One could be forgiven for thinking that Manchester was awash with fledgling small-scale theatre companies - since in fact, they are. However some of these companies manage to shine a lot brighter than most. Enter Matt Holt and Evelyn Roberts who have produced, adapted and even starred in tonight's offering at Hope Mill Theatre. This is People Zoo and their highly original version of Franz Kafka's The Trial.
The Trial is a dark and sinister work, in which a young man is arrested and put on trial by the 'state' without ever being told what his crime is. It is a tale which is perhaps even more relevant now than it was when it was written.
"How do you know you are innocent if you don't know what you have been accused of?"
People Zoo's background however is firmly fixed with both feet rooted in comedy and so this rather bizarre but highly entertaining and theatrical mix of a truly heavy and disturbing theme juxtaposed with some of the most wonderful physicality and humour perfectly placed, made for a highly enjoyable evening. Of course it still made you think, and of course the message still was cleverly driven home, but using comedy as a device to do it was surprisingly efficacious.
There is only one thing I would say about the use of comedy in this adaptation. Josef K's descent into utter despair was less real because of it. The scene with the three girls and Italian painter was utterly stunning, but it came too soon in Josef K's deterioration. The build up to this scene in other words had still been too frivolous and this therefore came somewhat out of the blue. Similarly with the end of the play. A bigger build up to this cathartic moment for me at least would have been preferable. [and the strands of material blood made a mockery out of it, and brought the scene back to a place of comedic irrelevance.] The comedy certainly helped us to detach us and disassociate ourselves from the horror and violence, but we needed to, at some point be made to sympathise with Josef K, otherwise his predicament and his actions had little or no significance.
That being said however, taken as a whole the play was an utter delight.
My only other slight concern was that it was the wrong space for this play. Set in thrust formation (audience on three sides), the main playing area was really too big and underused. When scenes were being played straight out to the front section then they were too far away in relation to the amount of bare forestage. The gap between the chairs used for entering and exiting, as well as bringing on props and furniture was also too narrow. The audience members there on both sides were constantly having to move their legs or readjust to accommodate the actors and set.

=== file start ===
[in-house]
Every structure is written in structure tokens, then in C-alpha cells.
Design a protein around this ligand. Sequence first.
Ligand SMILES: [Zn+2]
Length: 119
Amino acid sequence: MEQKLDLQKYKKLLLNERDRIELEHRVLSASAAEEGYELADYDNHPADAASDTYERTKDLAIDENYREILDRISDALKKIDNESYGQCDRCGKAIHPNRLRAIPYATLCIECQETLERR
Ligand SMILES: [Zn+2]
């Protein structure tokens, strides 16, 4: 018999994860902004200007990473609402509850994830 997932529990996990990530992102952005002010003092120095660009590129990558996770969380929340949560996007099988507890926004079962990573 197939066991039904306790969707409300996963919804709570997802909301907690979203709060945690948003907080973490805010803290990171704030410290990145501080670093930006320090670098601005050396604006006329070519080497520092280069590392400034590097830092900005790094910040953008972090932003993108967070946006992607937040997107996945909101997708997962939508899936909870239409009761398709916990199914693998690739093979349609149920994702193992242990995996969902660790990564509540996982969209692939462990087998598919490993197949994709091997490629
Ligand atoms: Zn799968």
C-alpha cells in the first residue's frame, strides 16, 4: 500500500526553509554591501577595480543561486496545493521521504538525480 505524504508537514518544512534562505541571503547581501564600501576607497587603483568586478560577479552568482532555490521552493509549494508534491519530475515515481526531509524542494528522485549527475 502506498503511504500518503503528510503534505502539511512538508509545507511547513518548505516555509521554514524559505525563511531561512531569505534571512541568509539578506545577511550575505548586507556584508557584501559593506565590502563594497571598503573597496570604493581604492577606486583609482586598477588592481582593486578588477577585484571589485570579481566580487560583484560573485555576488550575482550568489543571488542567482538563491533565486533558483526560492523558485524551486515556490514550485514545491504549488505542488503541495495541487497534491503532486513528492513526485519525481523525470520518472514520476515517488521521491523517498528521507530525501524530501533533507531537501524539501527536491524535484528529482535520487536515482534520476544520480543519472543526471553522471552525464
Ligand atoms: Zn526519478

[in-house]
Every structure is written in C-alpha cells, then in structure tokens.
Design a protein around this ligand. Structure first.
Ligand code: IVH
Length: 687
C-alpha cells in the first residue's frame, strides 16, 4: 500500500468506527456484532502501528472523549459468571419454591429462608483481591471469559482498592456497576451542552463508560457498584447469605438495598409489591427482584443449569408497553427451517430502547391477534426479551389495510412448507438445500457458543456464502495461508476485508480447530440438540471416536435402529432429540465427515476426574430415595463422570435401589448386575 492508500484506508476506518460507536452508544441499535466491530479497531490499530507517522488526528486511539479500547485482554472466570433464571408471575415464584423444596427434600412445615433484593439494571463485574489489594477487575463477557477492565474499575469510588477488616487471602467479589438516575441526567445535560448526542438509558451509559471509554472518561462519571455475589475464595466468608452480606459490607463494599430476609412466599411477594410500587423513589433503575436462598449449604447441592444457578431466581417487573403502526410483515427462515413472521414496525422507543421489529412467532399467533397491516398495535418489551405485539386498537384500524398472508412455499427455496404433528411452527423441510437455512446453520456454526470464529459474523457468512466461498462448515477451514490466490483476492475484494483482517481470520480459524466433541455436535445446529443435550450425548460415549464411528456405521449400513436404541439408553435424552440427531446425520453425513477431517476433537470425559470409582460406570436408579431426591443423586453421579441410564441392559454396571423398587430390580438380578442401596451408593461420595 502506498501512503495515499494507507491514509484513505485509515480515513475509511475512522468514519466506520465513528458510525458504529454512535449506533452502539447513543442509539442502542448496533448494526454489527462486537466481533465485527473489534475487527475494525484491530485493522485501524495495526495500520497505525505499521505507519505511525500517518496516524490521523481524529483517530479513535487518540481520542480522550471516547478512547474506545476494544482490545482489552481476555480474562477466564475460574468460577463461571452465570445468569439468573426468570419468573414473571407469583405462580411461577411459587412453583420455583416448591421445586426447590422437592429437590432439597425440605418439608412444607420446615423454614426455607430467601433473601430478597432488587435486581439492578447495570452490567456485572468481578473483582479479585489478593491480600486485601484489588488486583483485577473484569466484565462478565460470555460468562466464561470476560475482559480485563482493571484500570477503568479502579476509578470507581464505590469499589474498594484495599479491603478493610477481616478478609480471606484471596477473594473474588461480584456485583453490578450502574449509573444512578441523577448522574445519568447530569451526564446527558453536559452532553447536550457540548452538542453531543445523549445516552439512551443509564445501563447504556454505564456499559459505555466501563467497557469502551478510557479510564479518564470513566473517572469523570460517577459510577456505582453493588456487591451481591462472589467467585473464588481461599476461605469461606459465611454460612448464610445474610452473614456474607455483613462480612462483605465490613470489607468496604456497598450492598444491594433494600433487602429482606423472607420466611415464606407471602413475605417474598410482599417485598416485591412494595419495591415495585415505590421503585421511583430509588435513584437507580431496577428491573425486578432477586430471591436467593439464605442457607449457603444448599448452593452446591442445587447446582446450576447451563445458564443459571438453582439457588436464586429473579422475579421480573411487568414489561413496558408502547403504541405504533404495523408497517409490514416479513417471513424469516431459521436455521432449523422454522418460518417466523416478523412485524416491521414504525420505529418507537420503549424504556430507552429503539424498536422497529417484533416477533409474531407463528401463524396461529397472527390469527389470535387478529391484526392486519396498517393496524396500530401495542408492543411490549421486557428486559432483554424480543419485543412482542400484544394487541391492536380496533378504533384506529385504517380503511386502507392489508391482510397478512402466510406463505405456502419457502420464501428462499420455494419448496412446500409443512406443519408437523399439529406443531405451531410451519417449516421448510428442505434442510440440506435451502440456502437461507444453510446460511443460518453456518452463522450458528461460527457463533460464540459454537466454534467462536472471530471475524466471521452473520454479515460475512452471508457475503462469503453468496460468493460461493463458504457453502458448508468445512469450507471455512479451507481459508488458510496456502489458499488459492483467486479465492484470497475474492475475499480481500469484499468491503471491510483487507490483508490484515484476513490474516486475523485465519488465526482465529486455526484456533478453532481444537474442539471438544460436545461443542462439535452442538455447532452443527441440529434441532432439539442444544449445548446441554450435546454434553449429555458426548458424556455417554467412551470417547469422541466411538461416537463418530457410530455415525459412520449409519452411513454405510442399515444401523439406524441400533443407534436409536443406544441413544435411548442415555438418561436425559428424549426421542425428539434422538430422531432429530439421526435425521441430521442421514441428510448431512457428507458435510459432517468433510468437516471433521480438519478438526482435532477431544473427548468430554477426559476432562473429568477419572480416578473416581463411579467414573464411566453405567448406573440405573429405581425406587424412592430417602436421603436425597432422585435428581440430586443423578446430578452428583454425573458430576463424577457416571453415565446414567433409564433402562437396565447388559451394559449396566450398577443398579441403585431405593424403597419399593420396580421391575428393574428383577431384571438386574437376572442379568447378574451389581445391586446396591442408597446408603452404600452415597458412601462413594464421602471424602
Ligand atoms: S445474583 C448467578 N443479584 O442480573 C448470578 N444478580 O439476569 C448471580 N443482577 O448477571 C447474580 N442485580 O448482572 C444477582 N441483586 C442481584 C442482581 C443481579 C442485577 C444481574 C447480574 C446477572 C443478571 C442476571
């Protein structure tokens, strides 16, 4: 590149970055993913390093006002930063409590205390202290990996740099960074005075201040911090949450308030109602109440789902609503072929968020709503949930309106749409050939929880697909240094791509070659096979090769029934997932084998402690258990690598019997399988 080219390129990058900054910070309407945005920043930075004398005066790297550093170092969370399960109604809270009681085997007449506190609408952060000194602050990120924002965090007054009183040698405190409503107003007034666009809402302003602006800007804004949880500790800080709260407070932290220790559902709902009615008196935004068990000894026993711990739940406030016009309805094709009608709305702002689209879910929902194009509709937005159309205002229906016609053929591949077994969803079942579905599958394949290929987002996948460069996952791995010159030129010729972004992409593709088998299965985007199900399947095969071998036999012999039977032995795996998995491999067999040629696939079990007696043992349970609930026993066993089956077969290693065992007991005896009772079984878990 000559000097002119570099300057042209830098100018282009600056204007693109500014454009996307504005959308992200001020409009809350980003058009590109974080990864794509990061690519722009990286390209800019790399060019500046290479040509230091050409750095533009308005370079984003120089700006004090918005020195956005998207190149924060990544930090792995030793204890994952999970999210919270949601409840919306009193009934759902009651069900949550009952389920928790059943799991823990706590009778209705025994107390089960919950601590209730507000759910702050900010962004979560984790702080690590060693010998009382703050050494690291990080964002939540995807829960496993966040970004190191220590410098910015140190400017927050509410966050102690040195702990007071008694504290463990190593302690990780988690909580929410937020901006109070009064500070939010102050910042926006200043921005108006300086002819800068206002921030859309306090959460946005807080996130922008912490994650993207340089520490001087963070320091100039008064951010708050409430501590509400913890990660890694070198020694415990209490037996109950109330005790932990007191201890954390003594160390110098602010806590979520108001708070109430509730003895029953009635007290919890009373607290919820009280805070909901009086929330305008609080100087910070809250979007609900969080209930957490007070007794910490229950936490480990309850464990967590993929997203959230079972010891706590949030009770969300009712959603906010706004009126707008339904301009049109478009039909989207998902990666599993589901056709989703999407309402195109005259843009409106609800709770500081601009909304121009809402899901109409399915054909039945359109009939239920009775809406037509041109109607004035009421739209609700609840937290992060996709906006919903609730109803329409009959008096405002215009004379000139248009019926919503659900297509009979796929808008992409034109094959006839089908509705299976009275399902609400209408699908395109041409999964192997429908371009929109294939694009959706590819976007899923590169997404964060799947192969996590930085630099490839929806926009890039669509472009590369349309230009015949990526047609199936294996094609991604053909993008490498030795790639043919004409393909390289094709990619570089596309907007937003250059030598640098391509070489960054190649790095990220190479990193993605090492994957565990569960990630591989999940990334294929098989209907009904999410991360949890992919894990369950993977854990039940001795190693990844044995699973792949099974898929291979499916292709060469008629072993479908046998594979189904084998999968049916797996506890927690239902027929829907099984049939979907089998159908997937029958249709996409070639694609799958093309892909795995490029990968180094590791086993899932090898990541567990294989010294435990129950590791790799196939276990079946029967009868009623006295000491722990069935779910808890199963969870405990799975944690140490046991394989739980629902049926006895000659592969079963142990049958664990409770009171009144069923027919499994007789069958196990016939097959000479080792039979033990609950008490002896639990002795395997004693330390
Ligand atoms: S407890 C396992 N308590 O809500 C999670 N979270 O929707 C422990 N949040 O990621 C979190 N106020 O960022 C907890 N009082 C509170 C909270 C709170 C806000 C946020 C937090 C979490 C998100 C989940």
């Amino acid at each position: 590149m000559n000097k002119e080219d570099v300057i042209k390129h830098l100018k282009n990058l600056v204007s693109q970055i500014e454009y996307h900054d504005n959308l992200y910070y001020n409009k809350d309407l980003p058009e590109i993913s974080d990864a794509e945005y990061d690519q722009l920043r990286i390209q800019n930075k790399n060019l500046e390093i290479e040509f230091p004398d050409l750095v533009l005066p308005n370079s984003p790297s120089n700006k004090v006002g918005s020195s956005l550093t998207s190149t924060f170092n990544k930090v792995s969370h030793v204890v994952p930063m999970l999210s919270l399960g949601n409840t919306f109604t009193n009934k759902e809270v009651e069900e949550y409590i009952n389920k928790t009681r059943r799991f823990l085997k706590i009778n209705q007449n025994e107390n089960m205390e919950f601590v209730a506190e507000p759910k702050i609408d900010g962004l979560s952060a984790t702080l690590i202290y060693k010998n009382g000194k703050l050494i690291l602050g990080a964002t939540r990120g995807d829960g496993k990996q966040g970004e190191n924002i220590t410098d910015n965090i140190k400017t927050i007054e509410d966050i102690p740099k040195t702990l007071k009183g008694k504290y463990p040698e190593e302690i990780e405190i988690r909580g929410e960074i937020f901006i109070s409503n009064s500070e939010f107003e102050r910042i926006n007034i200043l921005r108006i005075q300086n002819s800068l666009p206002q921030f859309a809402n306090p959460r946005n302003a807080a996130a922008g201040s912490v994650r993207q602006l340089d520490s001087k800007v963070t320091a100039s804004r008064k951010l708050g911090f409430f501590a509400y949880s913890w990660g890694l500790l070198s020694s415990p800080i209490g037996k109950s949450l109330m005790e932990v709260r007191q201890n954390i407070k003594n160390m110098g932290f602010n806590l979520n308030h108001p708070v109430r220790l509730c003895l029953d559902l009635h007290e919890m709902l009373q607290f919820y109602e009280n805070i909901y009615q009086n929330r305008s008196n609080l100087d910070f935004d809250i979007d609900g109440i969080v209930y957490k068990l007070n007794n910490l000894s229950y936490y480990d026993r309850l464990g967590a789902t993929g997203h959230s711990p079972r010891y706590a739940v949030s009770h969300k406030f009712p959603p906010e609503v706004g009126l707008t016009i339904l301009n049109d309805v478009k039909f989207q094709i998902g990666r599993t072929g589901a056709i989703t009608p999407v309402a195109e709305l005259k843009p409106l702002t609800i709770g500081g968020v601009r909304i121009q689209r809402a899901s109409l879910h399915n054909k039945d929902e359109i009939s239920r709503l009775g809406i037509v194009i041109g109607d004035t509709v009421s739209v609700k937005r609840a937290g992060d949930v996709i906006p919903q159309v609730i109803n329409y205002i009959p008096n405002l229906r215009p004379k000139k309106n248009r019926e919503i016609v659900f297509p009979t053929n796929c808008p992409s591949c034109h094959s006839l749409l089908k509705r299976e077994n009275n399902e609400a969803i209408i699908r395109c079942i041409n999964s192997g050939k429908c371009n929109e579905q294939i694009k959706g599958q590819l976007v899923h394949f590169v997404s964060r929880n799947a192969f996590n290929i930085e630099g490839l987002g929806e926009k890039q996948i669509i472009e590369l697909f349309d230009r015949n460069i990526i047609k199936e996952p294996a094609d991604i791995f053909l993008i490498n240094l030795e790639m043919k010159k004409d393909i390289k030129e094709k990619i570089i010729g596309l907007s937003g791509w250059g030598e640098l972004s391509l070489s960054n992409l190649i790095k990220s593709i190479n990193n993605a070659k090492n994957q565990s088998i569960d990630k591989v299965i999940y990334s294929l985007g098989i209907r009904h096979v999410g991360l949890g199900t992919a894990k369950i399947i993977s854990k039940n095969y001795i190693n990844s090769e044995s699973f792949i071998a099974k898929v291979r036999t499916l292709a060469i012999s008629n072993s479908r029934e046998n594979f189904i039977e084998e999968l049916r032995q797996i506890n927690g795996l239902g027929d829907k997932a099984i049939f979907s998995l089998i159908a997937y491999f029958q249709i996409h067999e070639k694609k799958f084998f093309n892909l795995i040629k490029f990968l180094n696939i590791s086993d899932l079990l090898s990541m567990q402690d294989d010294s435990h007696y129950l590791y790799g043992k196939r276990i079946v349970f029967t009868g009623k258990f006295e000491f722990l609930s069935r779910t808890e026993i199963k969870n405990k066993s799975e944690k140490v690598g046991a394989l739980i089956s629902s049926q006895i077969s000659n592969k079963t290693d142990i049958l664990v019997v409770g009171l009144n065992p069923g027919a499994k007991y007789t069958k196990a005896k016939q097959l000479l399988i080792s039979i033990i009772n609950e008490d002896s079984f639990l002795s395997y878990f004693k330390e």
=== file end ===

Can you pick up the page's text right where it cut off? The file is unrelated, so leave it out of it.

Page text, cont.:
Directed by Craig Sanders, well known for his love of comedy and the bizarre, coupled with People Zoo's comedy background, it was something of a winning combination. I have to admit that my heart sank when I read the programme to find that 5 actors played 22 parts between them! I am no fan of doubling at the best of times. However, these transitions were smooth, carefully considered and each character change obvious. This made our understanding much easier and in fact, made the whole nature of Josef K's predicament all the more helpless, as indeed he really didn't know who, if anyone, he was able to trust.
"No-one is innocent."
"Is anyone truly innocent?"
"I don't know".
With a simple but practically perfect set design and good costumes and lighting design all helping these talented performers to create this thought-provoking, rather anarchic piece of theatre which was something of a mix between A Clockwork Orange and Fawlty Towers, it made for visually interesting and audibly exciting theatre.
William J Holstead played Josef K in a most unique way. His use of physicality and changes of speed were a delight to watch. And the 22 other characters in this story were played with aplomb and creativity by Adrian Palmer, Amy Gavin, Evelyn Roberts, Matt Holt, and Sarah Legg.
The Trial plays at Hope Mill Theatre until Saturday and then transfers up to Edinburgh for a run during the International Fringe Festival.
Reviewer: Mark Dee
Reviewed: 26th July 2016
North West End Rating: ★★★★